And oddly enough, the fact that Japanese society is horribly sexist might have something to do with this. In the U.S. and Europe, Disney tried to market the movie to boys, focusing on the male characters (remember, the first teaser was all about Olaf), and doing its best to hide the fact that it was a musical. In Japan, on the other hand, they sold it as a tale of female empowerment, playing up Anna and Elsa.
See, according to Disney Japan, it's Japanese women who "have the power to spur consumption and create a fad." But, whether Disney planned to or not, the allure went much deeper than that. The movie's main song, "Let It Go," became an anthem for Japanese women blowing off steam at karaoke bars, especially after putting up with rampant sexism in the workplace. Not one but three versions of the song were released in Japan, two of which reached the top of the charts. Hell, the movie was such a phenomenon that a lingerie company even manufactured a Frozen-inspired bra that changes color when you bump boobs with a friend. Just like ... in ... Frozen?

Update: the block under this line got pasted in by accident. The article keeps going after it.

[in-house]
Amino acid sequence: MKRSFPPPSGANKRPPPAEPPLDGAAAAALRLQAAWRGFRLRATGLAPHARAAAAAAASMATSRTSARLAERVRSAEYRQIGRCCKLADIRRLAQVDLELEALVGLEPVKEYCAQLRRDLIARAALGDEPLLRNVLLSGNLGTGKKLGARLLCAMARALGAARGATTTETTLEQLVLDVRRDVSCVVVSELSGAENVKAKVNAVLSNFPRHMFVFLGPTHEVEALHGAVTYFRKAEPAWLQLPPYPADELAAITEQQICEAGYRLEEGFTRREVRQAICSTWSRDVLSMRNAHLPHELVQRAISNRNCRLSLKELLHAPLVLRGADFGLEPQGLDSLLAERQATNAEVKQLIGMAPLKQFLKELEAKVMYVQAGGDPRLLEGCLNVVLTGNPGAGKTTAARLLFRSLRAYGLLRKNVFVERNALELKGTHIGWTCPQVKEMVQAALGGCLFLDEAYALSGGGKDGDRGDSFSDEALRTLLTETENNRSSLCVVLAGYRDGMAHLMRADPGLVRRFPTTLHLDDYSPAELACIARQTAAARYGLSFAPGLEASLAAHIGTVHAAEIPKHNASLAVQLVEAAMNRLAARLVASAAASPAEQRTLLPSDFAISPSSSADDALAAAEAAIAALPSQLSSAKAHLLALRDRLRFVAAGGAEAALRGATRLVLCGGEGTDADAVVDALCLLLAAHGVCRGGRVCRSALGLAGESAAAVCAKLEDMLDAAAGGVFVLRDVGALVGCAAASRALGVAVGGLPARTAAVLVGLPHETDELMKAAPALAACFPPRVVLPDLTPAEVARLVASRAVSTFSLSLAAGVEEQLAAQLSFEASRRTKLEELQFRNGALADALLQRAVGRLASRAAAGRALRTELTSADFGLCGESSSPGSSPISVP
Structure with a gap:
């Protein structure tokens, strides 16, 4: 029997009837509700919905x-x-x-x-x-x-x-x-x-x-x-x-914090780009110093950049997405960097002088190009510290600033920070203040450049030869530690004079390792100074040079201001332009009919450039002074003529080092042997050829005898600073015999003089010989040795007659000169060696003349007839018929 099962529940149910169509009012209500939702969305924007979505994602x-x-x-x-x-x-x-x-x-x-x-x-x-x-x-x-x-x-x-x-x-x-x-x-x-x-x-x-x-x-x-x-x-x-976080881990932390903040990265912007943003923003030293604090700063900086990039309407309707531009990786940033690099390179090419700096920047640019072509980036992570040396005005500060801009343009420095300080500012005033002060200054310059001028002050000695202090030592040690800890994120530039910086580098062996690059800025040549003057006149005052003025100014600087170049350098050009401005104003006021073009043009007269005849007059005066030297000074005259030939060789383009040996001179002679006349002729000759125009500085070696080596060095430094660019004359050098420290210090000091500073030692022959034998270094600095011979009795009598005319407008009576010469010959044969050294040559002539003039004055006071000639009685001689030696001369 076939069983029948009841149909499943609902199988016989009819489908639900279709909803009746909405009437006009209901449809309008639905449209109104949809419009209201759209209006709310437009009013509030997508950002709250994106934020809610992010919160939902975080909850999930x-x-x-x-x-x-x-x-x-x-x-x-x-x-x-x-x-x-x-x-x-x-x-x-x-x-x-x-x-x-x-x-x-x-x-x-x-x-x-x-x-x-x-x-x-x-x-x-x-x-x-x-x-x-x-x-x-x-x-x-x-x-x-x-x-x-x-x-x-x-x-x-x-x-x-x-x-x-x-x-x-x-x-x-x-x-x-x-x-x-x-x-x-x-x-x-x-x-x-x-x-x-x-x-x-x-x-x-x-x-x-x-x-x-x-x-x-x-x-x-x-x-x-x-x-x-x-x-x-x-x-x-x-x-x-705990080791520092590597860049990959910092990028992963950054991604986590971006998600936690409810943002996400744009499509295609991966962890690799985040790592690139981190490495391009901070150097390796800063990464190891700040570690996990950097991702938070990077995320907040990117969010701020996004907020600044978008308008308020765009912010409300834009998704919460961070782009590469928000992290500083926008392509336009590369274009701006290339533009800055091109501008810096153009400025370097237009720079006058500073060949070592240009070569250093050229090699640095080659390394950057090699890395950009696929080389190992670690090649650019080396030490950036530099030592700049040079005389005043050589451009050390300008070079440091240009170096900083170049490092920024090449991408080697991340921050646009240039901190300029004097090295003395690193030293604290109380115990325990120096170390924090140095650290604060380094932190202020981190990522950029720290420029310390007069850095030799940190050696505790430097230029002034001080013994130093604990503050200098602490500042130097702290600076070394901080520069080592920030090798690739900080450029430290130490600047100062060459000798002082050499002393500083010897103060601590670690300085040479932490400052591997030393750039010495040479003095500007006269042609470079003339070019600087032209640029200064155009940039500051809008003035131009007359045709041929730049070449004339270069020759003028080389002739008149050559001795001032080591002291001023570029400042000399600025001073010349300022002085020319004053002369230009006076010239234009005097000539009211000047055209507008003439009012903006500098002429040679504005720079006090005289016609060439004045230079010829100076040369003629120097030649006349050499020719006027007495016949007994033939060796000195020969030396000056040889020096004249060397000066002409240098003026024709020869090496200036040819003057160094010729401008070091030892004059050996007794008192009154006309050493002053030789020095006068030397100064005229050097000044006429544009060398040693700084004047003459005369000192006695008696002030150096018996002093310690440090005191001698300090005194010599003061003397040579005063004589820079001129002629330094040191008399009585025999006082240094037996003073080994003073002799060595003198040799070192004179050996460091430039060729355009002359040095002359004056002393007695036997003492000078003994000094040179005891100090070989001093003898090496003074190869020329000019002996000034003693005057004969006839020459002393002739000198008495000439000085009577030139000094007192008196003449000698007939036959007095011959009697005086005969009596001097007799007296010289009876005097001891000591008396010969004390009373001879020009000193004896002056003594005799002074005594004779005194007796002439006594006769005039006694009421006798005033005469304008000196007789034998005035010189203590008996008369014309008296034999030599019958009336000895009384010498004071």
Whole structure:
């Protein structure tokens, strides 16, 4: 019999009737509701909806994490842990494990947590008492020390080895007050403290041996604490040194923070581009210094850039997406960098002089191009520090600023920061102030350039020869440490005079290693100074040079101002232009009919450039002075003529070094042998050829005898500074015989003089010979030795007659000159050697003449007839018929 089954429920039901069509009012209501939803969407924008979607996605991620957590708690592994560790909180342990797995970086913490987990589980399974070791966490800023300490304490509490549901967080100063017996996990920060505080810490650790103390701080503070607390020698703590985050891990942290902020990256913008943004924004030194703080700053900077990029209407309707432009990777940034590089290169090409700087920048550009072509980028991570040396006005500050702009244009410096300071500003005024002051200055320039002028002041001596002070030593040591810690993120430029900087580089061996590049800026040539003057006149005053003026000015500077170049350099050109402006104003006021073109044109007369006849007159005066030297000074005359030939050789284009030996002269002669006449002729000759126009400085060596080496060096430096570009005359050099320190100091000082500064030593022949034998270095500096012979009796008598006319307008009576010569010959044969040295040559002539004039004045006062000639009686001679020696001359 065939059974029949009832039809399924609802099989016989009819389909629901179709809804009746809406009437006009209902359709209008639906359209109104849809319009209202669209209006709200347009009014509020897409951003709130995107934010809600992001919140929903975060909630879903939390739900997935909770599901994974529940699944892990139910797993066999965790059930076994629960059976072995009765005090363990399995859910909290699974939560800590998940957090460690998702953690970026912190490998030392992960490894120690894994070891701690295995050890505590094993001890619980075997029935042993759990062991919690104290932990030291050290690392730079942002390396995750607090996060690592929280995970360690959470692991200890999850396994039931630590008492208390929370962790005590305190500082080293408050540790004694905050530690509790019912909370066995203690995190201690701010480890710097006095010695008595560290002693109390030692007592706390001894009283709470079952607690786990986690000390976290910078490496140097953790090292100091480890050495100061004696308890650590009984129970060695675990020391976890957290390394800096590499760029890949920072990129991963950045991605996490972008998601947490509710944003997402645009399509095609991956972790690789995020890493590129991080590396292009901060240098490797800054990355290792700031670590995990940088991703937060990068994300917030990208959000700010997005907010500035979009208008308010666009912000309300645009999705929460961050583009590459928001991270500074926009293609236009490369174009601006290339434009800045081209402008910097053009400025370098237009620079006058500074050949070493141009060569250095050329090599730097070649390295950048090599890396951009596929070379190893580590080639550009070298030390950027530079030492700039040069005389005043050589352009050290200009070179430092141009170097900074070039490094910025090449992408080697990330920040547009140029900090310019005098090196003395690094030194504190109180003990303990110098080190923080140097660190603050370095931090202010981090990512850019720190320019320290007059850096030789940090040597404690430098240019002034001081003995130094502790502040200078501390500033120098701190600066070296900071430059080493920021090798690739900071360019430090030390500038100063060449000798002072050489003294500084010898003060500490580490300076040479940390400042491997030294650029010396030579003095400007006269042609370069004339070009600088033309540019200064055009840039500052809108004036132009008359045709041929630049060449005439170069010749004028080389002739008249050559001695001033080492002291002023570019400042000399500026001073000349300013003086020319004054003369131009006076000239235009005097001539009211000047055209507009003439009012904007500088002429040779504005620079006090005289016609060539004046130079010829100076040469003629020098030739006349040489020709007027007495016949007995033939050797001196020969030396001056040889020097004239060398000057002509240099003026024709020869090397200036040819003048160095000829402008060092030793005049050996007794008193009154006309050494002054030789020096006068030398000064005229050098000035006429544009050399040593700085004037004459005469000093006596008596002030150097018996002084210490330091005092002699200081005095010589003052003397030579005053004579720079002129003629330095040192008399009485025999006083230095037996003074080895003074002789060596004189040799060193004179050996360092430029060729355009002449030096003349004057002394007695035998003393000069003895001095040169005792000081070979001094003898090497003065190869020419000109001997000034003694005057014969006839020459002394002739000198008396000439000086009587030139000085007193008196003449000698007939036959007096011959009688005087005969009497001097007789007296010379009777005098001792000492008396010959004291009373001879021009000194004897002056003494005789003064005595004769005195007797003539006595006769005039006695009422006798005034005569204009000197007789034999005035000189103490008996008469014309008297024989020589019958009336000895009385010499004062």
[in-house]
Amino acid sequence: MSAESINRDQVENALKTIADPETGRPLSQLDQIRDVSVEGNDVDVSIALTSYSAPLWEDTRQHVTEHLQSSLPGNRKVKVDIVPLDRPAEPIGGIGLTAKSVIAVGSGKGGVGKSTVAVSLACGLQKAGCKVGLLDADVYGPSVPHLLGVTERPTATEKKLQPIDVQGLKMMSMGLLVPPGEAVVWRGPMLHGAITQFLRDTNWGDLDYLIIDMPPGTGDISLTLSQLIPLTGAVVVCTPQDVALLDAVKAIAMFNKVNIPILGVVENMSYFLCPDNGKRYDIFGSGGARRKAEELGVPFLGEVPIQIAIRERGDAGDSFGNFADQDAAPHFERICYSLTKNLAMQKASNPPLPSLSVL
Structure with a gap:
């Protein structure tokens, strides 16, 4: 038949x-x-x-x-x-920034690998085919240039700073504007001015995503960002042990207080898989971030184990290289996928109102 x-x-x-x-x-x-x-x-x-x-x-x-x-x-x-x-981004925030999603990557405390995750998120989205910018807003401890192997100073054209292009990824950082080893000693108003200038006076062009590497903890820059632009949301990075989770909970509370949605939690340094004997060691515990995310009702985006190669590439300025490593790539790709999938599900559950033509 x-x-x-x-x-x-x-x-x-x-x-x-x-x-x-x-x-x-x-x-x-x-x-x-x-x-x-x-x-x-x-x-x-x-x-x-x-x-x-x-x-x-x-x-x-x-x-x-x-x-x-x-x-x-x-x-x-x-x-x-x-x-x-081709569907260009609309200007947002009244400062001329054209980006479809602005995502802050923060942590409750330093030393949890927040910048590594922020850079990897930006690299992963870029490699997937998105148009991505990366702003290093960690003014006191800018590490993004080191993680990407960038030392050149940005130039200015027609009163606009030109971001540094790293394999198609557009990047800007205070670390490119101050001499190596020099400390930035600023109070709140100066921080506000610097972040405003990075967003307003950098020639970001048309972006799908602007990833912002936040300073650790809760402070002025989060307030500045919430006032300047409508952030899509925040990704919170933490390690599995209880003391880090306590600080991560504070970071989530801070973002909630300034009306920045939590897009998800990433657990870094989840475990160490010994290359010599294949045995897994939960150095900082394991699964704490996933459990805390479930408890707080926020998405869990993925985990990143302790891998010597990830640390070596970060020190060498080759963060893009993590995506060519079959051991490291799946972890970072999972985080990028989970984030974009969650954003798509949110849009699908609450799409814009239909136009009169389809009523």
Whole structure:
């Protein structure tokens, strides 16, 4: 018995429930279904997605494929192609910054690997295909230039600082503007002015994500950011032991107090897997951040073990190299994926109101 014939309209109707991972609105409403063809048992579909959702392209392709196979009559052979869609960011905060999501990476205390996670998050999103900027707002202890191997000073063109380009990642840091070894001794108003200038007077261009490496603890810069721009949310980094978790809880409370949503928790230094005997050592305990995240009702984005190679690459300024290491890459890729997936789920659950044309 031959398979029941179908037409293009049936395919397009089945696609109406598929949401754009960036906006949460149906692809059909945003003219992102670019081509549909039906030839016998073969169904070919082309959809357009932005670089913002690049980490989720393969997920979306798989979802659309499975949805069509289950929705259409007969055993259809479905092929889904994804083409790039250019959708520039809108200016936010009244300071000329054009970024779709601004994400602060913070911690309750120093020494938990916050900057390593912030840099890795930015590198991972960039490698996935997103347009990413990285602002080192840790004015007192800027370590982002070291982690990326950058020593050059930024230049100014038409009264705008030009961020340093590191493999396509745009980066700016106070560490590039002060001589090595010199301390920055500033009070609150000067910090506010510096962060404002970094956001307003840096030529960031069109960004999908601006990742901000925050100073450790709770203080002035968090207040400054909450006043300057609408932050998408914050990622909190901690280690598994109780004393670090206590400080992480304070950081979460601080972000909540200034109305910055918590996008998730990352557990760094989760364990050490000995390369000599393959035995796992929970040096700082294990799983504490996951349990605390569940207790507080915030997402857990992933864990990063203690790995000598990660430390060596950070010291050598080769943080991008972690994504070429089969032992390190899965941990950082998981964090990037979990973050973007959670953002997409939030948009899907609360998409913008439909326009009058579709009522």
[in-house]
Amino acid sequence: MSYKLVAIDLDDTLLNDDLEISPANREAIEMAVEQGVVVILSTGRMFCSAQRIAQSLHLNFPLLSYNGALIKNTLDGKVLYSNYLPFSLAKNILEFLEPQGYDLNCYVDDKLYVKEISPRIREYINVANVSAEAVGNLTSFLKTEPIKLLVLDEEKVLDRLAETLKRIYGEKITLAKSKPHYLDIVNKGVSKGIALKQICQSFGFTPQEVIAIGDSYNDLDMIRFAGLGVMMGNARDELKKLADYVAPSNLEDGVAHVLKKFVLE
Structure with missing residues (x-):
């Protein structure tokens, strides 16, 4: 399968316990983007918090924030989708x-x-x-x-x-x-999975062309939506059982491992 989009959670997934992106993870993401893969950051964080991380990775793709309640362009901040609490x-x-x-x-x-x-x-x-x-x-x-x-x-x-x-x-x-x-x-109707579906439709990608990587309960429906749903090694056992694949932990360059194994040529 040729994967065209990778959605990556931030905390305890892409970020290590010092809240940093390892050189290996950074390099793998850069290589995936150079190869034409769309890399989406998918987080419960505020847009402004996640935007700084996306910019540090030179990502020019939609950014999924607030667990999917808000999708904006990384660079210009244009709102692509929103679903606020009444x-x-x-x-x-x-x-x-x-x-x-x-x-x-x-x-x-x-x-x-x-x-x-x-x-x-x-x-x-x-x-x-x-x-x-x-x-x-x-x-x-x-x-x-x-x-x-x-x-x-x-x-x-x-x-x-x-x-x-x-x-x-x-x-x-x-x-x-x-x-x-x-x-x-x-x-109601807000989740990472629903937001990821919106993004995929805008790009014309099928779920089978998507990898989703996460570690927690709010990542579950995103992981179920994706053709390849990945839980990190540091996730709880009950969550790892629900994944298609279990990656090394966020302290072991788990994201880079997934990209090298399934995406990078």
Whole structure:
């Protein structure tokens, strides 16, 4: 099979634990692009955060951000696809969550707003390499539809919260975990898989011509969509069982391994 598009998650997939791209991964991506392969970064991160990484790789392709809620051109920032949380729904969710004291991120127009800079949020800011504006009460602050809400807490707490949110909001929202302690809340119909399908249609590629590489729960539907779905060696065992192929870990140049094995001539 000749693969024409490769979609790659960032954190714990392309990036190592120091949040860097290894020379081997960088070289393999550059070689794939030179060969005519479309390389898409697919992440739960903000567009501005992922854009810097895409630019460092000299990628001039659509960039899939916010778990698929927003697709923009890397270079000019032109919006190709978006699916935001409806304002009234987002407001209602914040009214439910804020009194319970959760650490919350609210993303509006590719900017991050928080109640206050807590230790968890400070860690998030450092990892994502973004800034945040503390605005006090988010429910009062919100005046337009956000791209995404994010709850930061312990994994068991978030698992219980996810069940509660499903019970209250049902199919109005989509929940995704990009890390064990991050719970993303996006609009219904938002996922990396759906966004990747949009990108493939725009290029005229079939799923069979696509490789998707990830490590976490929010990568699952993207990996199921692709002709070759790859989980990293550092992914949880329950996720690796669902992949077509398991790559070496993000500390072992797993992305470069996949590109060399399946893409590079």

Something must be very different in translation.